White or grey hair has often been seen as a sign of advancing age and a symbol of wisdom in men.
Whenever wise counsel was needed, the grey-haired men in the community were consulted. But that is fast becoming a thing of the past as many modern young men are growing grey hairs.
It is common nowadays to see men in their twenties spotting white beards all around. In fact, it is evolving into a sort of fashion statement in this era the ‘beard gang’.
More young professionals and even runway models are opting to “go grey,” says Diana Jewell, author of Going Gray, Looking Great.
Many modern men spend money to groom their beards to look attractive, which has created a huge market for facial sprays and creams to quicken growth in weeks for those who can not grow theirs naturally.
In an article by Charles Ayitey for Face2Face Africa, on modern African men’s obsession with beards, he explained that some urban African ladies are seeing well-groomed beards as “sexy” and an “epitome of a real man”.
Hair turns grey because the follicles stop producing pigment cells or melanocytes. These cells create your natural hair colour.
According to Robert H. Shmerling, MD, Senior Faculty Editor, Harvard Health Publishing, the hair follicles produce less colour as they age, so when hair goes through its natural cycle of dying and being regenerated it is more likely to grow in grey or white hair.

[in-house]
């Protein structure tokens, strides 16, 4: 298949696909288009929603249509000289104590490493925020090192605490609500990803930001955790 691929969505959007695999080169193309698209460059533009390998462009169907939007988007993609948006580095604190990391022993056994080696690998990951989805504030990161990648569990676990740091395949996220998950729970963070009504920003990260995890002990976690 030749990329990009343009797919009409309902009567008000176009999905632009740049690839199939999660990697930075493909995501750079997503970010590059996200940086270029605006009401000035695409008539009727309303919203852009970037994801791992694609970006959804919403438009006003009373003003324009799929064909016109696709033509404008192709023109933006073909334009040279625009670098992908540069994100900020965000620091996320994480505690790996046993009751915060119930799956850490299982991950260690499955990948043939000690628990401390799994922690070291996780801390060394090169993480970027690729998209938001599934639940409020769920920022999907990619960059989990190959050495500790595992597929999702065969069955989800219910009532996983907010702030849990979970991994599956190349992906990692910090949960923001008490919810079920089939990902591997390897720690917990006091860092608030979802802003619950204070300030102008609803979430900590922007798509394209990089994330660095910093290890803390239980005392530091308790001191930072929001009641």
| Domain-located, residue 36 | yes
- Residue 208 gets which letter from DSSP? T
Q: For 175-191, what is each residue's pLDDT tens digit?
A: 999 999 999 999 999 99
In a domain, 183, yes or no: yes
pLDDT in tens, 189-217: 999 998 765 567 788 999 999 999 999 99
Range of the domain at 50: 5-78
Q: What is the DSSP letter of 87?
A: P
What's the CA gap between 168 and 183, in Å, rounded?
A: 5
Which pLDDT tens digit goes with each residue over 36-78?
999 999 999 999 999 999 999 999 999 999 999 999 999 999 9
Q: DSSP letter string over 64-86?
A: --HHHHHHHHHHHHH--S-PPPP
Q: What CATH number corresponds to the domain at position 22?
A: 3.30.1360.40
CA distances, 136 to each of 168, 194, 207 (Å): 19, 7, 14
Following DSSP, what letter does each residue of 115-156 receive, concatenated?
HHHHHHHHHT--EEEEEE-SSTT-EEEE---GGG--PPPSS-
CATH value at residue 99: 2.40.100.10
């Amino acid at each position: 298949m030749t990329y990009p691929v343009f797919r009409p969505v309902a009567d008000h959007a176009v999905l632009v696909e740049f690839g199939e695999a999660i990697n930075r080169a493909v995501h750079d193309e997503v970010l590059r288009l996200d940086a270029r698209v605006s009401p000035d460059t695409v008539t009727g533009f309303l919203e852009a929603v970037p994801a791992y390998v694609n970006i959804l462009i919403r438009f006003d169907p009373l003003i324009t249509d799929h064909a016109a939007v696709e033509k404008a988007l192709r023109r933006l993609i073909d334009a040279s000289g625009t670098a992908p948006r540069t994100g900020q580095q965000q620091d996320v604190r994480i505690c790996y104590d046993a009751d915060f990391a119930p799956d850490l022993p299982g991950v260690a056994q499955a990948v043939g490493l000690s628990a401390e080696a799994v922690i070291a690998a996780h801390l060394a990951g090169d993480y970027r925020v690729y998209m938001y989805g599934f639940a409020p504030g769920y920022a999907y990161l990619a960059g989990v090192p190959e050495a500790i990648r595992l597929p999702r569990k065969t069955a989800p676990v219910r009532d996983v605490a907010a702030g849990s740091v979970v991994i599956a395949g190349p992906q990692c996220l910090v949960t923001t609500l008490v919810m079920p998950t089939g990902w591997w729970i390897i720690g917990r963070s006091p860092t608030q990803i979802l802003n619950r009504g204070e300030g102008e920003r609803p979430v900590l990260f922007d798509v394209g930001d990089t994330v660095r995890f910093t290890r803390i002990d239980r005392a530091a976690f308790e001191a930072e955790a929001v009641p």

Another factor that may contribute to grey hair is the buildup of hydrogen peroxide in the hair. As you grow older, the enzyme catalase that breaks down hydrogen peroxide diminishes. This leaves your hair bleached by hydrogen peroxide.
Half of all people grow a significant amount of grey hair by the time they turn 50 years, even though the age may differ depending on an individual’s ethnicity, according to a 2011 research analysis published in The Dermatologist.
Based on this, a man may be described as prematurely grey if his beard turns white before he turns 40.
A question many may ask is, why does facial hair go grey before the hair on the head?
This could be because beard hair grows faster than head hair. The life cycle of beard hair is shorter than head hair. As a result, more melanocytes may be used at a faster rate.
What then are the causes of premature greying? Does it come with the times or is it a health-related issue to be concerned about?
To answer these questions, The Ghana Report looks at seven possible causes of the high number of young men with white beards.
As the saying, like father, like son, a person’s genetic make-up determines how early their hair begins to lose colour.
“When we are born our bodies are already programmed with the information to begin the process,” says Dr Michael Eidelman, Medical Director of Chelsea Skin & Laser.
Your makeup plays a big role in when (or if) you develop white hair. If you notice white hair at an early age, it’s likely that your parents or grandparents also had greying or white hair at an early age.
This explains why some people go grey as early as age 20, while others don’t see their first silver strand until they’re 50.
Everyone deals with stress from time to time. The consequences of chronic stress can include: